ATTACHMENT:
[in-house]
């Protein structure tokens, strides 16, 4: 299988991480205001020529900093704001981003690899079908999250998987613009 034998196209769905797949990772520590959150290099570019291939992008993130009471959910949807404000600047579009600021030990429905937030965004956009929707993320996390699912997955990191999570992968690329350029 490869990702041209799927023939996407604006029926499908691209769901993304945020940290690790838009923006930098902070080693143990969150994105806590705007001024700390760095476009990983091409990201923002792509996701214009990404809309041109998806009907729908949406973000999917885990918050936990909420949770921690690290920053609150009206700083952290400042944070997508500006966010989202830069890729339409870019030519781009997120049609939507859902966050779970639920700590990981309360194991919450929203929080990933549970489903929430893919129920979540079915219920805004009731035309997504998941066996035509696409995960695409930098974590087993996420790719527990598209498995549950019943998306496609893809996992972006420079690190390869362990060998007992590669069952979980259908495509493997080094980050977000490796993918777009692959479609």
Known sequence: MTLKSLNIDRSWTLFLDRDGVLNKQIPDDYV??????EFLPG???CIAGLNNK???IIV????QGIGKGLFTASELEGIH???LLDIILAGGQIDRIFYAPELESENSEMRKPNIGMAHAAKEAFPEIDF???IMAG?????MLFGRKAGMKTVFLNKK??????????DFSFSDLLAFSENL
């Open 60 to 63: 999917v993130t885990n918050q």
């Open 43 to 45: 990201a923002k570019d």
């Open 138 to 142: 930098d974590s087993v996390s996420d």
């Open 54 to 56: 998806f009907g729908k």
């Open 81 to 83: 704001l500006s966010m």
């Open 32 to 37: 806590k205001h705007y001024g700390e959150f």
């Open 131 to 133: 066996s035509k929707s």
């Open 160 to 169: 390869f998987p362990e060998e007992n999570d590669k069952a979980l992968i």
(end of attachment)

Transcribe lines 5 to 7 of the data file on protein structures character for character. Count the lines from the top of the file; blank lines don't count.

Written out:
């Open 43 to 45: 990201a923002k570019d």
């Open 138 to 142: 930098d974590s087993v996390s996420d």
């Open 54 to 56: 998806f009907g729908k």